Academic journal article The Qualitative Report

Extending Organizational Memory and Corporate Communications Research Via Autoethnography/autobiography

Academic journal article The Qualitative Report

Extending Organizational Memory and Corporate Communications Research Via Autoethnography/autobiography

Article excerpt

Corporate communications research is similar to other management and management communication disciplines insofar as the discipline "trails other fields that have long since questioned objectivity in quantum and postquantum science and have learned from feminism in making the personal a valid part of scholarship" (Xifra & McKie, 2011, p. 399). In fact, corporate communications scholarly research often views subjectivity as an impure element that has no place in the realm of scholarly research endeavors. In this case example, we directly challenge this prevailing notion. One way to advance our understanding of the discipline and push the boundaries of corporate communication research is to explore underused methods and under-championed paradigms. Existing corporate communication research relies heavily on prevailing functionalist paradigms and social scientific methods of scholarly inquiry, as evidenced by the articles predominantly cited in the academic journals dedicated to corporate communication and public relations (Chappell & Moon, 2005; Frederick, 1994; Griffin & Mahon, 1997; Suchman, 1995). Many of these articles are quantitative in nature and center on business effectiveness including Corporate Social Responsibility (CSR) measurement and assessment.

The aforementioned is not a criticism of corporate communication research, but rather is an observation of the state of the field. Few can question the ways that CSR studies have contributed greatly to the advancement of corporate communication research. Scholars have argued that engaging in CSR activities can contribute to corporate reputation (Carroll, 1999), and strong reputations may provide firms the ability to charge premium prices, attract better applicants, retain employees, enhance their access to capital markets, and attract investors (Fombrun & Shanley, 1990). Due in part to this potential positive effect, researchers developed and further refined measures to evaluate how well organizations were meeting their corporate responsibilities (Albinger& Freeman, 2000; Luce, Barber, & Hillman, 2001; Mattingly & Berman, 2006; Turban & Greening, 1997) as well as determine relationships between corporate social and financial performance (Roman, Hayibor, & Agle, 1999; Waddock & Graves, 1997; Wang & Choi, 2013). Even qualitative scholars (see Topic & Tench, 2016) have explored how multinational corporations use CSR communication differently depending on the socio-cultural contexts of the countries in which they operate. However, a focus on CSR advancement--driven by statistical evidence and experimental designs--might create theoretical blind spots for corporate communication researchers (as researchers might see studying such topics is a more likely pathway for publication). At the very least, such a focus obscures the fact that there might exist alternative methods and lines of inquiry that might help to further the development of--as well as add further nuance to--corporate communication scholarship. In sum, organizations are cultural spaces that are present across the globe. People who compose organizations bring to their workplaces different beliefs, values, attitudes, and assumptions--especially in the day and age of the multinational corporation. These varying perspectives shape or challenge dominant organization memories. Relying exclusively on experiments or survey data, for example, likely ignores the major reasons people find work enjoyable, the reasons they strongly identify with an organization, or the reasons they might feel isolated or discriminated against. More critical and qualitative investigations are warranted in corporate, management, and business communication contexts.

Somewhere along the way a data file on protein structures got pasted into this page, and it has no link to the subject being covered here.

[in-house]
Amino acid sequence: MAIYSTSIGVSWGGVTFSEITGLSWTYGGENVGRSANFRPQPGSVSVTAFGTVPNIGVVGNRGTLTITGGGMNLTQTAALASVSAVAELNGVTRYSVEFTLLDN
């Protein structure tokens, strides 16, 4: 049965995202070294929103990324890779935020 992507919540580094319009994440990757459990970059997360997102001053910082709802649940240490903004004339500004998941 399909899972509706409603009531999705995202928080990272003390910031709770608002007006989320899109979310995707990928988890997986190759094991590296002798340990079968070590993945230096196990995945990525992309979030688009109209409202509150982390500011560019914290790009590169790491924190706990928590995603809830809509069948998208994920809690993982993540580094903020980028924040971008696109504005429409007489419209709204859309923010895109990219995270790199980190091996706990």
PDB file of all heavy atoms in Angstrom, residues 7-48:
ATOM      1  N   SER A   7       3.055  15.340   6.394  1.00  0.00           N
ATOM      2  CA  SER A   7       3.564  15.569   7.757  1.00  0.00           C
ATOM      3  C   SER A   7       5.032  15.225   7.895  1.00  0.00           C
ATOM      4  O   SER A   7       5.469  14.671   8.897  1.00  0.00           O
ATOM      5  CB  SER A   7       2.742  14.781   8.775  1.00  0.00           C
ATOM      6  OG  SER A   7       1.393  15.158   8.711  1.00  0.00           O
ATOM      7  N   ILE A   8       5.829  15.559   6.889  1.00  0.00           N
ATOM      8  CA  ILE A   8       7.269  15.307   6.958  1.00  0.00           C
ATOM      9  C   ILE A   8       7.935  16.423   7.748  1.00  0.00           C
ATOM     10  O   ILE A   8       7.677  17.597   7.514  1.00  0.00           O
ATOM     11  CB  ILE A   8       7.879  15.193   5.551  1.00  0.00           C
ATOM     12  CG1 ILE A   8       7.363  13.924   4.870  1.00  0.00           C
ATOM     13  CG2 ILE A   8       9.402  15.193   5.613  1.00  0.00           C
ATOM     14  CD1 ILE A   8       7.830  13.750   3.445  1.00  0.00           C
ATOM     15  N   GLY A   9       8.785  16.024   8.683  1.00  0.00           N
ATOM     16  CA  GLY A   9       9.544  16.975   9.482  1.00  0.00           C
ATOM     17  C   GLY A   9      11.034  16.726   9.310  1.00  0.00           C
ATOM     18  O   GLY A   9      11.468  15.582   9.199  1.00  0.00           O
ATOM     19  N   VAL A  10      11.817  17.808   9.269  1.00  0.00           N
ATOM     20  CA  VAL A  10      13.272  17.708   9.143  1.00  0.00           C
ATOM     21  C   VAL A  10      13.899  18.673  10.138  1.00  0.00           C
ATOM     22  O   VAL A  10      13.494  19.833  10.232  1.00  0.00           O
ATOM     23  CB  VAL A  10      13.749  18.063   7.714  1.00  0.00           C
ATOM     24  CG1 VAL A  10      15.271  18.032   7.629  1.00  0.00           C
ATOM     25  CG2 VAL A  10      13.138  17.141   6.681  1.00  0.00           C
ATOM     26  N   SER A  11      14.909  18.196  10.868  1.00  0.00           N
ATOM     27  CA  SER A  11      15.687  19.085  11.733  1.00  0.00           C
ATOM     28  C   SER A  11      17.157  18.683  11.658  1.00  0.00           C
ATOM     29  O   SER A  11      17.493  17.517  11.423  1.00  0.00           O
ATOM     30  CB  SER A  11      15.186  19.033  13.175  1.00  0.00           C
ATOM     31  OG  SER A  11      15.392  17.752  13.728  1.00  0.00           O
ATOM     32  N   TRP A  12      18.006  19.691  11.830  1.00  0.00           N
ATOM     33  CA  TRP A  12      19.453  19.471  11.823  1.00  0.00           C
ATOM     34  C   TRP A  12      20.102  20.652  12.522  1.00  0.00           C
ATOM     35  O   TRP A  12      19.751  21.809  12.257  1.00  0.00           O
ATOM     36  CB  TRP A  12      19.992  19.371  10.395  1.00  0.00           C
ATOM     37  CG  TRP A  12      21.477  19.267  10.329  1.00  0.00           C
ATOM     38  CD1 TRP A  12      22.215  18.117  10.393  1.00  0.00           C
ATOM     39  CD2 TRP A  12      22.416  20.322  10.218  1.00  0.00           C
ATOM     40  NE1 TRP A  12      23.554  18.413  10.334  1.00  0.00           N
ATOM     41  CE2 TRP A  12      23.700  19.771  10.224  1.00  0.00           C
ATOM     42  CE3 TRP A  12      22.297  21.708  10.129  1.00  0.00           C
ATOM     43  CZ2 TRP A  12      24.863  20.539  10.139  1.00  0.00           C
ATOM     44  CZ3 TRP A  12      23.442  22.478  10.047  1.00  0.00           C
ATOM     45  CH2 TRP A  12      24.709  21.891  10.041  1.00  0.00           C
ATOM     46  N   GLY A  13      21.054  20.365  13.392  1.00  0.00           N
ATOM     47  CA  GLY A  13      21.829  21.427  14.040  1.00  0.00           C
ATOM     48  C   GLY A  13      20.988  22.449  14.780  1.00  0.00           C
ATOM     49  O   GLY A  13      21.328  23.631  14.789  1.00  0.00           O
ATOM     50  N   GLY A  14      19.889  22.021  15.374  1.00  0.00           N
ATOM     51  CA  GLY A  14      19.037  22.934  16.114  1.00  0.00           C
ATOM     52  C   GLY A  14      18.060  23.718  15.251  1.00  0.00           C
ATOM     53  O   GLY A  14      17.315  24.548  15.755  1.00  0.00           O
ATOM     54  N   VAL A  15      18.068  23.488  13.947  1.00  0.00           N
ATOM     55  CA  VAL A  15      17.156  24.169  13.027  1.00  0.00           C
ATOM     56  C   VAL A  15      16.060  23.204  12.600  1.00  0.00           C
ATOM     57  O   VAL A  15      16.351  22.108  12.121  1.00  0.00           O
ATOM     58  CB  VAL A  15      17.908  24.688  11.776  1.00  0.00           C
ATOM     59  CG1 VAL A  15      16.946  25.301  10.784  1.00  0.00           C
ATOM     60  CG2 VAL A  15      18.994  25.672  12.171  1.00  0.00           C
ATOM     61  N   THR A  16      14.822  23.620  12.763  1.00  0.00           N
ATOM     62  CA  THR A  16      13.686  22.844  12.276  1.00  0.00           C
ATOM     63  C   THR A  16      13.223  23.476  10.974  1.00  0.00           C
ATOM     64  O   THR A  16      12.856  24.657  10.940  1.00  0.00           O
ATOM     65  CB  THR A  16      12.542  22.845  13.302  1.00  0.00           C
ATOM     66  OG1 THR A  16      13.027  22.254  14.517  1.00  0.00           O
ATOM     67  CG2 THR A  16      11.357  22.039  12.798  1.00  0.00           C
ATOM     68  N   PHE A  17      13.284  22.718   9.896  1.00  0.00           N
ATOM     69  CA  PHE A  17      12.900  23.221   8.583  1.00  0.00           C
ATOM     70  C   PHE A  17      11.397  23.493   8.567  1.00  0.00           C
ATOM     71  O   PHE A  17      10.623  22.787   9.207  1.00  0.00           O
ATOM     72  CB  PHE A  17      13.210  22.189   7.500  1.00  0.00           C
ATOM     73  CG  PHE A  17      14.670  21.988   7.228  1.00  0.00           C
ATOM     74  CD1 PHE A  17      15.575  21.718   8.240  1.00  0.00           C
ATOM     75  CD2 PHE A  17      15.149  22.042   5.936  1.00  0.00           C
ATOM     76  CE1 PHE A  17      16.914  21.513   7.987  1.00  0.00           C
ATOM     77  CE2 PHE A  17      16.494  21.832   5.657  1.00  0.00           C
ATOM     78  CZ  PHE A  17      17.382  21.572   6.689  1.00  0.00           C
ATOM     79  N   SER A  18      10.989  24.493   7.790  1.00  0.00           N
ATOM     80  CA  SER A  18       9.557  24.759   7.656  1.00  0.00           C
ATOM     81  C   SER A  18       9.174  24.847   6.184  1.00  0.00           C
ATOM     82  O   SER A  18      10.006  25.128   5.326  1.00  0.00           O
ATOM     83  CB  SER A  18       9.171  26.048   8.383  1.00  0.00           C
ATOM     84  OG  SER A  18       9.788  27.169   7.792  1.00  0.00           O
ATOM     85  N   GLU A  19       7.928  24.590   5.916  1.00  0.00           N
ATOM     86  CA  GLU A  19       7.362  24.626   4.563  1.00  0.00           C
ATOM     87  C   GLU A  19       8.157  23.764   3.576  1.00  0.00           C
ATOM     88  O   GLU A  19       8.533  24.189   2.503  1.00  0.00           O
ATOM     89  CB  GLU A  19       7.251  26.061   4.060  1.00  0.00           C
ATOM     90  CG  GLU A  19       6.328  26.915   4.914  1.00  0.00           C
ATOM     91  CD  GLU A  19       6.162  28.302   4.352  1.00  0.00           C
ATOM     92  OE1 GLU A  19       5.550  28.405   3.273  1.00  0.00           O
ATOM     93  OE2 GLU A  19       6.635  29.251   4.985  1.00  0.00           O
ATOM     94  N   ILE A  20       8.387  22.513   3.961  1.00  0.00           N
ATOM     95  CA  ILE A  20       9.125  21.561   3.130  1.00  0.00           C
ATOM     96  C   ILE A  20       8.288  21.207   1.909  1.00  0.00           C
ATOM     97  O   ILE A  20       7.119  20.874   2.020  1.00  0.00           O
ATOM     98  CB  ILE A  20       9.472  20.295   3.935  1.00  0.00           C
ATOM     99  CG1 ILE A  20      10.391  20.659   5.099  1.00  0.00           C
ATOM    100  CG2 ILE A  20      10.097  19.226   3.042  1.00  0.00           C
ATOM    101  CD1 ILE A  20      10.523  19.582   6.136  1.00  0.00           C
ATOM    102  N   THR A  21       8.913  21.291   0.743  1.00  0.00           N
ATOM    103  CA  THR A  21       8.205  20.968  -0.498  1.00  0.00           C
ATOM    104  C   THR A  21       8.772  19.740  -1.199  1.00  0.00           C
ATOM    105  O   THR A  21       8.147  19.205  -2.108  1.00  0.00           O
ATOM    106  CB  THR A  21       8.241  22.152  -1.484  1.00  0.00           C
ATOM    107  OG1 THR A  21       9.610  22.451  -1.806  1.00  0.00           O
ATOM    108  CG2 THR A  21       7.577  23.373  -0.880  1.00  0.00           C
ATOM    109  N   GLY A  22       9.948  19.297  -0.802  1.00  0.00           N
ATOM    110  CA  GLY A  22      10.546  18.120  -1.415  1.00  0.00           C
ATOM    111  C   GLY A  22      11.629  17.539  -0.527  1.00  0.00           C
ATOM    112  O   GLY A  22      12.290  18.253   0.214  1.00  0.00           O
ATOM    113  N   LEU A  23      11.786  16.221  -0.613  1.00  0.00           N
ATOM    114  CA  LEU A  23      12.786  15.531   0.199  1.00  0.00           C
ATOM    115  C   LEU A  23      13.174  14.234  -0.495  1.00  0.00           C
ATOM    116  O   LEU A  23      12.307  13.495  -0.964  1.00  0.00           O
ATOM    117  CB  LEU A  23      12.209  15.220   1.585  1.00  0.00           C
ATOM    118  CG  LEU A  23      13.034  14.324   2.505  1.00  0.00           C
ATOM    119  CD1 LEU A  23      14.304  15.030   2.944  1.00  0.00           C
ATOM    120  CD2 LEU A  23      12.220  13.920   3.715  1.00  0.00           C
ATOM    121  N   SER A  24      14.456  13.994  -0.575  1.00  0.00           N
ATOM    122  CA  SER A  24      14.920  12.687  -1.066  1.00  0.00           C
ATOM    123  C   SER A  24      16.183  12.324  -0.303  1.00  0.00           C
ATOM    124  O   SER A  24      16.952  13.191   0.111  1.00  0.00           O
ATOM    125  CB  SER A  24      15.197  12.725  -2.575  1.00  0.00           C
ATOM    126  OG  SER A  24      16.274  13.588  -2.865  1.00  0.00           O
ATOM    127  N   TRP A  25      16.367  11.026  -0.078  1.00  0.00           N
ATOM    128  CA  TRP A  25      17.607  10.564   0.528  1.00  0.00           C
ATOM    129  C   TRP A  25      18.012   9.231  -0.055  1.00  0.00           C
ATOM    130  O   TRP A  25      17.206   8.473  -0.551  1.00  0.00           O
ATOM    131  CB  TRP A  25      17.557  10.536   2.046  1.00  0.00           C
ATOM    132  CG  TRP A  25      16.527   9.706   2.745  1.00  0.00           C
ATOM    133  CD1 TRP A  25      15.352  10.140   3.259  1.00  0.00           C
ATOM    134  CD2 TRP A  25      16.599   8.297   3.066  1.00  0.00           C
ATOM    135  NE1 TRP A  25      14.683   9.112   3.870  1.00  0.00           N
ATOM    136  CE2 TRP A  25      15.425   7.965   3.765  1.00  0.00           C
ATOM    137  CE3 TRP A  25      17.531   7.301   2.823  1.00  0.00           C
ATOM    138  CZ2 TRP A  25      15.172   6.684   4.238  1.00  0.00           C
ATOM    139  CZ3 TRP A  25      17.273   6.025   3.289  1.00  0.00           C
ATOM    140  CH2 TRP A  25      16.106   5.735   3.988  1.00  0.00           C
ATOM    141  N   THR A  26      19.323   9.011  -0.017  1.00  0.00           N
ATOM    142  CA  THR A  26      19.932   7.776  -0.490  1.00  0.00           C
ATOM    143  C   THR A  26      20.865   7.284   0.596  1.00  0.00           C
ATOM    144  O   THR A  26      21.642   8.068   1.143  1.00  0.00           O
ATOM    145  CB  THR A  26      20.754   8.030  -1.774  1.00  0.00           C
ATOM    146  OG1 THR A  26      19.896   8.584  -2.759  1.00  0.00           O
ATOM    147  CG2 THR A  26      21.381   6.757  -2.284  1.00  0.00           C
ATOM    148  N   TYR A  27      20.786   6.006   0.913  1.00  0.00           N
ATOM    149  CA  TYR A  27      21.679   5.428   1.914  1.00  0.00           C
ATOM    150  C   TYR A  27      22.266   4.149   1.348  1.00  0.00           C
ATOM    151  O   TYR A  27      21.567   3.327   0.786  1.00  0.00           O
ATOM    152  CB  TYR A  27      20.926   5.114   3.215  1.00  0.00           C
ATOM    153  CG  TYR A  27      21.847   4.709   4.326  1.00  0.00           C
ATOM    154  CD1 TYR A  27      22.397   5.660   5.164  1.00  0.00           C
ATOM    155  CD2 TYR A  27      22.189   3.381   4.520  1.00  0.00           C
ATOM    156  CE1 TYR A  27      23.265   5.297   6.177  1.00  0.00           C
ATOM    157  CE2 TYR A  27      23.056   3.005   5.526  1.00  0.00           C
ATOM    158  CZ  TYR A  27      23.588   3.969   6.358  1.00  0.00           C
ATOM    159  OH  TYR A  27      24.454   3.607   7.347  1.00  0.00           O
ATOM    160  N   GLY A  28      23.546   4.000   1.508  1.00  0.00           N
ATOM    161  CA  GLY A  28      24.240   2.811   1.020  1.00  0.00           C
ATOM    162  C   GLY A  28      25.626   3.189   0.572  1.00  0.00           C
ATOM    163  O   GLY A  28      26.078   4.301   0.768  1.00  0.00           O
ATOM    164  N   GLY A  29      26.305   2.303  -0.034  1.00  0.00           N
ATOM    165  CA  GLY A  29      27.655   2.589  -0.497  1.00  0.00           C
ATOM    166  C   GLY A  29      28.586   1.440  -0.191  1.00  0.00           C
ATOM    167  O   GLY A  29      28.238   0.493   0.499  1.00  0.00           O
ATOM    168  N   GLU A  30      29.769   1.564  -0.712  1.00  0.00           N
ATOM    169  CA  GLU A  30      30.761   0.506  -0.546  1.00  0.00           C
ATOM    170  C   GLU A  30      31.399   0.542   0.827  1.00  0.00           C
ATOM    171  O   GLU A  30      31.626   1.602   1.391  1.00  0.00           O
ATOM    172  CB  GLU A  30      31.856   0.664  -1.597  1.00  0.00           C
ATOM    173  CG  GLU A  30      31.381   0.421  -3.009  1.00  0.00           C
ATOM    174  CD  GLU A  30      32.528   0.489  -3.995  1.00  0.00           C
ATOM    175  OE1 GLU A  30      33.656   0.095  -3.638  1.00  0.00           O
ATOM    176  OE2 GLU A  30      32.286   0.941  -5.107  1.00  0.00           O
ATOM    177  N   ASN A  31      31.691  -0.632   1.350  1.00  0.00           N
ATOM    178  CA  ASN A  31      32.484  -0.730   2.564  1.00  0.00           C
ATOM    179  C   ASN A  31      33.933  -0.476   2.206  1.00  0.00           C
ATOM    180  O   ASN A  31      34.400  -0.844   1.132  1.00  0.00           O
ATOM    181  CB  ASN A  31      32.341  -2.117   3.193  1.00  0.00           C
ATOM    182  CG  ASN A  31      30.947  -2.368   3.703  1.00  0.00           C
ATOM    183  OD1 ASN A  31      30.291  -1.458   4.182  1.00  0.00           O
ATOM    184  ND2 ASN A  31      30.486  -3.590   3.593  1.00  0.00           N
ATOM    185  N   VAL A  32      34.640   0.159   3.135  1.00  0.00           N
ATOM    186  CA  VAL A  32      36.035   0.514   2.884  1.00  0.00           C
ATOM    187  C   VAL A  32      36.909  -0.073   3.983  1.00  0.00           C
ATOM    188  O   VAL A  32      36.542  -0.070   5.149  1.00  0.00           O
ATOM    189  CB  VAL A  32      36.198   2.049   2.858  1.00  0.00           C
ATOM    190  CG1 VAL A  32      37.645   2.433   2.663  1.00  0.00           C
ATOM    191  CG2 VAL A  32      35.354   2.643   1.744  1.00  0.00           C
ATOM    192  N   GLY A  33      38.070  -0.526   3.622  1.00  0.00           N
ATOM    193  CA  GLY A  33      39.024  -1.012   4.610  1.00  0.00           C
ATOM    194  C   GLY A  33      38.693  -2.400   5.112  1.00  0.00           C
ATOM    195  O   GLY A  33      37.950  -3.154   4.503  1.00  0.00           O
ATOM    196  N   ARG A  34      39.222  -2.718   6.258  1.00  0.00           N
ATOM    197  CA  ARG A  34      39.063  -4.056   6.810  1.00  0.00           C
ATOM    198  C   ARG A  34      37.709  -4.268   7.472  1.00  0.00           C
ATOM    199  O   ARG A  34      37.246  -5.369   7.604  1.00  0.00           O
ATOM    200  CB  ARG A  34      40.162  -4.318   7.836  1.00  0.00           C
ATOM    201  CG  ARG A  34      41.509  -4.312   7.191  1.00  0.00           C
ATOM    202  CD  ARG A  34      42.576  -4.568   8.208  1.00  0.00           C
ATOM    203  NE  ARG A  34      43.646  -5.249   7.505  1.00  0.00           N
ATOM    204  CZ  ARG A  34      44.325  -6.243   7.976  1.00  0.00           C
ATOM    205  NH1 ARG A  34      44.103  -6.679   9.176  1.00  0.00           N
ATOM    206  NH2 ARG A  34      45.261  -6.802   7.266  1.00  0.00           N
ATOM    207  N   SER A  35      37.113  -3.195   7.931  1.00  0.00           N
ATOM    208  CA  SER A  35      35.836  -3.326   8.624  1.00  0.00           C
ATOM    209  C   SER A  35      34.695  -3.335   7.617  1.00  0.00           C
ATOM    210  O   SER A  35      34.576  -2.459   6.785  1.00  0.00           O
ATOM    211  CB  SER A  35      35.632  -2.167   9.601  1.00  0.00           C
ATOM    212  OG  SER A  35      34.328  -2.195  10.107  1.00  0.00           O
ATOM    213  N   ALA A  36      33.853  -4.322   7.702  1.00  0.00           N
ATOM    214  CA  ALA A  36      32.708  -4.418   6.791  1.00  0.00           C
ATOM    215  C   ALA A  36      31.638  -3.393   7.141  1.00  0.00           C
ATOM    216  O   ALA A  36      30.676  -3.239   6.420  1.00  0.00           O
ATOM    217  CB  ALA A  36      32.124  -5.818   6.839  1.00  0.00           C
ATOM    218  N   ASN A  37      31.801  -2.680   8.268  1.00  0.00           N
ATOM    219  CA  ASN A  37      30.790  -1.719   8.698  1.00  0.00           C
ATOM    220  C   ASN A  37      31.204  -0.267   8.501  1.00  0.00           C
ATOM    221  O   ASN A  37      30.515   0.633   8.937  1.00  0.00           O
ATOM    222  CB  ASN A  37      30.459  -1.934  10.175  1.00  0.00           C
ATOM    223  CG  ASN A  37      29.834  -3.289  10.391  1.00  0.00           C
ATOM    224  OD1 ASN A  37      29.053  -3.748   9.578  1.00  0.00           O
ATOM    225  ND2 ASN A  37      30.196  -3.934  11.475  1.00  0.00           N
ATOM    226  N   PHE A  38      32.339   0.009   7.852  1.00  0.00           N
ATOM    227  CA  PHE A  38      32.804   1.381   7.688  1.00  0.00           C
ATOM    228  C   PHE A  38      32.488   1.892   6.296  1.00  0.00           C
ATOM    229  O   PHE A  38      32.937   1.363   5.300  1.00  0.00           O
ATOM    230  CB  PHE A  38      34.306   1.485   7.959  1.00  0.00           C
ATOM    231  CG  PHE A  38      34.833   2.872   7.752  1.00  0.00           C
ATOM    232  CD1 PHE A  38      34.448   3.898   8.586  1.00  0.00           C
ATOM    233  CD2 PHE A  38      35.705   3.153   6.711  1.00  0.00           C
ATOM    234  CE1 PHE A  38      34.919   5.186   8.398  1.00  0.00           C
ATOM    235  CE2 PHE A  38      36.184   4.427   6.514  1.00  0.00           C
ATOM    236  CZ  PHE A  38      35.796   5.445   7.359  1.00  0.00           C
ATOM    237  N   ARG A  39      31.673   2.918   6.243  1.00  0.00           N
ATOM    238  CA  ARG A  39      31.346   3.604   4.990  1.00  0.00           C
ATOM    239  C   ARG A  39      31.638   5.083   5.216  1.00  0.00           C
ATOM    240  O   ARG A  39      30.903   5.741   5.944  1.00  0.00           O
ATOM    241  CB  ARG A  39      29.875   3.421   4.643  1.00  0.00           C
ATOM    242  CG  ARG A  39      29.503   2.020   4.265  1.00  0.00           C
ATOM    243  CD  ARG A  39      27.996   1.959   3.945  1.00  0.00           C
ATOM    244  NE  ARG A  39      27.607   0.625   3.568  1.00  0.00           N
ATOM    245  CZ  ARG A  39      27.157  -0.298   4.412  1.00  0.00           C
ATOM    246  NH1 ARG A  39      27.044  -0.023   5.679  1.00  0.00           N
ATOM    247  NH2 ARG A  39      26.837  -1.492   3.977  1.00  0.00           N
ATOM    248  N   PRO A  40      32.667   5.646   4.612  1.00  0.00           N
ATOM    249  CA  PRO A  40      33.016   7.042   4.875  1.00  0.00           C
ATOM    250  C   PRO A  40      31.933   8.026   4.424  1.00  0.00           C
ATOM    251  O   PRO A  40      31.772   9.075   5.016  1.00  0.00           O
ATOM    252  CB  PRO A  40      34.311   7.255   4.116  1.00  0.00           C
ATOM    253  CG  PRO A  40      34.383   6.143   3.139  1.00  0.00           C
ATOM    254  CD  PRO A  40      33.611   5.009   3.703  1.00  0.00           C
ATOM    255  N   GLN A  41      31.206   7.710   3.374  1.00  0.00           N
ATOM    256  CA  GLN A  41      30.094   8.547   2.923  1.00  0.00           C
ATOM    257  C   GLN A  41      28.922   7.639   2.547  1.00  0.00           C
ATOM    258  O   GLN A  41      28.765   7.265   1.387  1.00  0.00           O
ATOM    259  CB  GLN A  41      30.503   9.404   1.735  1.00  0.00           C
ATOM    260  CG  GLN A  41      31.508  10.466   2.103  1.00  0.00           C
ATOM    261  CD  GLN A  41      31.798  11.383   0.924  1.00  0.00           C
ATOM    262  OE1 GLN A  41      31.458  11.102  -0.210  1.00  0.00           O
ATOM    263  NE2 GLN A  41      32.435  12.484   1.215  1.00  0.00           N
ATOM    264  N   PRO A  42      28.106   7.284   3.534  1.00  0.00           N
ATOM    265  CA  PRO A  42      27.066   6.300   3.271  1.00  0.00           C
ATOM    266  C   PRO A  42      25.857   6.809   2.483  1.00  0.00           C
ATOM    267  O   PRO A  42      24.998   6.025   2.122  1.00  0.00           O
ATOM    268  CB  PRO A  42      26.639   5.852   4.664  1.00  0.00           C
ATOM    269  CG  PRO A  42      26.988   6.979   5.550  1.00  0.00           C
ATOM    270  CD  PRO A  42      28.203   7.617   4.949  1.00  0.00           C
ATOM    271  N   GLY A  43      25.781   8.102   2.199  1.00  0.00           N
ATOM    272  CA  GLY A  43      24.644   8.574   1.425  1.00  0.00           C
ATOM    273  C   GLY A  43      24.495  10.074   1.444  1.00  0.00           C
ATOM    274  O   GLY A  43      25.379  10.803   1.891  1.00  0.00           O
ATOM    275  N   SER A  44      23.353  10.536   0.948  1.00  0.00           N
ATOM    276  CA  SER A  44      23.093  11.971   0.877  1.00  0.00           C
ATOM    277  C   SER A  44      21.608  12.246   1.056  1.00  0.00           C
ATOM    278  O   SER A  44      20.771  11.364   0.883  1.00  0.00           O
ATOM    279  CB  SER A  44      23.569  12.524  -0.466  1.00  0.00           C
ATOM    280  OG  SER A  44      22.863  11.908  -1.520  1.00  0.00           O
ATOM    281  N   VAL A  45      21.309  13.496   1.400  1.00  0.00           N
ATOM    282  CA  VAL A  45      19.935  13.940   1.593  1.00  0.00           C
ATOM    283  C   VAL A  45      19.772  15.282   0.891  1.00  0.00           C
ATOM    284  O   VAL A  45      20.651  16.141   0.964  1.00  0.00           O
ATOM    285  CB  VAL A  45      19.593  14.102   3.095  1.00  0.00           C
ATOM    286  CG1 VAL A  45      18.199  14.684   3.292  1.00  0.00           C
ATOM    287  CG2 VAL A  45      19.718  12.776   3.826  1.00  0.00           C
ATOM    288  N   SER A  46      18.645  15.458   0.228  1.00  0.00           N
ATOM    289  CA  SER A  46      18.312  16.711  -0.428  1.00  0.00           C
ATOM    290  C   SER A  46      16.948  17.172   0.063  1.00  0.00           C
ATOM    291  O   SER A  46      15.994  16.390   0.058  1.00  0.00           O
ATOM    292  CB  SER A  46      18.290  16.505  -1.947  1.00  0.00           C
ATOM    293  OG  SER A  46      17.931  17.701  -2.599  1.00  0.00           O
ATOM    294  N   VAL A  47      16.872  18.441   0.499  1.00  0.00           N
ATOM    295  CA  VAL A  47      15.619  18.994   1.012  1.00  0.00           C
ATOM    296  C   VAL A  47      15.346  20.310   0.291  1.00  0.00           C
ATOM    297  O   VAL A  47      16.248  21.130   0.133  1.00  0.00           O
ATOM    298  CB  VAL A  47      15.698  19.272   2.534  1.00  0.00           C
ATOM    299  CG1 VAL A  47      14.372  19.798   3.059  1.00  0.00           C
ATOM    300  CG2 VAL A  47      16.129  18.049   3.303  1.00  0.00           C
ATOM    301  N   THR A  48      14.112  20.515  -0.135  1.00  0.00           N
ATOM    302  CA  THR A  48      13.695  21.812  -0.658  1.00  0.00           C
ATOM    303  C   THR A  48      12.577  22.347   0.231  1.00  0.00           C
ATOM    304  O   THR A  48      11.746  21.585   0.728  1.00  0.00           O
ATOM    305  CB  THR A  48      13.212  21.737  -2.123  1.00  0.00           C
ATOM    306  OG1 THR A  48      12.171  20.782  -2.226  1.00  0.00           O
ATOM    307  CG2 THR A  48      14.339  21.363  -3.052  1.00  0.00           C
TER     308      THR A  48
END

In this essay we demonstrate the value of using other methods of inquiry to advance disciplinary knowledge as well as advance understanding of business practice. We argue that autoethnography, as an autobiographical method of research inquiry, has the potential to shed unique insights into the lived work experiences of key organizational stakeholders unlike other methods of inquiry. …

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